The main difference in an unfunded Open Source implementation is that review is informal. There’s usually no mentor or peer looking at the code before it goes out. There are usually no unit tests, regression or otherwise.
Integration of an open-source project usually involves writing some manpages, making sure that it builds on every kind of system the developer has access to, cleaning up the Makefile to remove the random hair that creeps in during the implementation phase, writing a README, making a tarball, putting it up for anonymous FTP somewhere, and posting a note to some mailing list or newsgroup where interested users can find it.
Note that the comp.sources.unix newsgroup was rekindled in 1998 by Rob Braun, and it’s a fine place to send announcements of new or updated open-source software packages. It also functions as a repository/archive.
That’s right, no system-level testing. But then there’s usually no system-level test plan and no unit tests. In fact, Open Source efforts are pretty light on testing overall. (Exceptions exist, such as Perl and PostgreSQL.) This lack of pre-release testing is not a weakness, though, as explained below.
Unfunded open-source software enjoys the best system-level testing in the industry, unless we include NASA’s testing on space-bound robots in our comparison. The reason is simply that users tend to be much friendlier when they aren’t being charged any money, and power users (often developers themselves) are much more helpful when they can read, and fix, the source code to something they’re running.
The essence of field testing is its lack of rigor. What software engineering is looking for from its field testers is patterns of use which are inherently unpredictable at the time the system is being designed and built—in other words, real world experiences of real users. Unfunded open-source projects are simply unbeatable in this area.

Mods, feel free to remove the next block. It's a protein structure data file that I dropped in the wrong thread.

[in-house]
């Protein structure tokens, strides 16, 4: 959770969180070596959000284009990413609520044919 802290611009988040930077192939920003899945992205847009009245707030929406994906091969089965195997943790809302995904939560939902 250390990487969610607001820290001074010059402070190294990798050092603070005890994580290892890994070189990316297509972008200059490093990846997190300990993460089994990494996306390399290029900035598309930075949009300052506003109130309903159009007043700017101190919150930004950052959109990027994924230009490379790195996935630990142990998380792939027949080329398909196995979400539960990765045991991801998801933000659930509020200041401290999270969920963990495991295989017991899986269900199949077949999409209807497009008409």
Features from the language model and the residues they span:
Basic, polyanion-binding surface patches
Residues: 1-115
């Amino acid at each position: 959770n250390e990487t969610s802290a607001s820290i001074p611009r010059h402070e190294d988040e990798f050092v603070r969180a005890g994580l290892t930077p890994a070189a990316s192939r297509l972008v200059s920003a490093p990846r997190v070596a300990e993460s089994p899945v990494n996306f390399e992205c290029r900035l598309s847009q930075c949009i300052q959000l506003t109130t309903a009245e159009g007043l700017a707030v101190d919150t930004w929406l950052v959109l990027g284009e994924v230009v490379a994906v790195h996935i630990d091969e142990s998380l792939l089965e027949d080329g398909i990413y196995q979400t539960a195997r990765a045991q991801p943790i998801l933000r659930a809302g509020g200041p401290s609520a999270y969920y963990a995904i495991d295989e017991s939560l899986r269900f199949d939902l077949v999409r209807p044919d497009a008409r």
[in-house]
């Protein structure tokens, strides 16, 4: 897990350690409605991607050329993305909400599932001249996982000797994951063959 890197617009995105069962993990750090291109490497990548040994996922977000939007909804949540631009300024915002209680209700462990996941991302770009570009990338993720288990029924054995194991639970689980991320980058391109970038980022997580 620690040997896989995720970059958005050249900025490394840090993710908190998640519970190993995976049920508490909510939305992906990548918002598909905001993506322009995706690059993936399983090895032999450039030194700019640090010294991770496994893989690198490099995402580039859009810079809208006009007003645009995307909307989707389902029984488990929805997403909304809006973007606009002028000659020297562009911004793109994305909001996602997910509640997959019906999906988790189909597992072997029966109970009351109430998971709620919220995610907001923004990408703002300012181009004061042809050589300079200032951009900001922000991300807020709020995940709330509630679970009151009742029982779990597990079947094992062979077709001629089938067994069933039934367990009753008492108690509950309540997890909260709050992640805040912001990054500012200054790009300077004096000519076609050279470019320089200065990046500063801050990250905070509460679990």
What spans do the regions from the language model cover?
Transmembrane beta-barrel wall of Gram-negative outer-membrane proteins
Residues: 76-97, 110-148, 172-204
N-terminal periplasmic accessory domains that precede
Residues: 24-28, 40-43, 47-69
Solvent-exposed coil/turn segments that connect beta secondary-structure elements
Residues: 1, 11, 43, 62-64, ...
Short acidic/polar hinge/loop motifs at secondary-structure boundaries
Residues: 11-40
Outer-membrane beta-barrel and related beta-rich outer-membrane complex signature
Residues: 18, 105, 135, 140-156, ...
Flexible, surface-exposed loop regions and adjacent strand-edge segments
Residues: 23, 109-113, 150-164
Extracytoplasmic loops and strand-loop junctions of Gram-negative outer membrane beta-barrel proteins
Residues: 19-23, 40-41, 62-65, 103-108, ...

An additional advantage enjoyed by open-source projects is the “peer review” of dozens or hundreds of other programmers looking for bugs by reading the source code rather than just by executing packaged executables. Some of the readers will be looking for security flaws and some of those found will not be reported (other than among other crackers), but this danger does not take away from the overall advantage of having uncounted strangers reading the source code. These strangers can really keep an Open Source developer on his or her toes in a way that no manager or mentor ever could.
“Oops, sorry!” is what’s usually said when a user finds a bug, or “Oops, sorry, and thanks!” if they also send a patch. “Hey, it works for me” is how Open Source developers do bug triage. If this sounds chaotic, it is. The lack of support can keep some users from being willing (or able) to run unfunded Open Source programs, but it also creates opportunities for consultants or software distributors to sell support contracts and/or enhanced and/or commercial versions.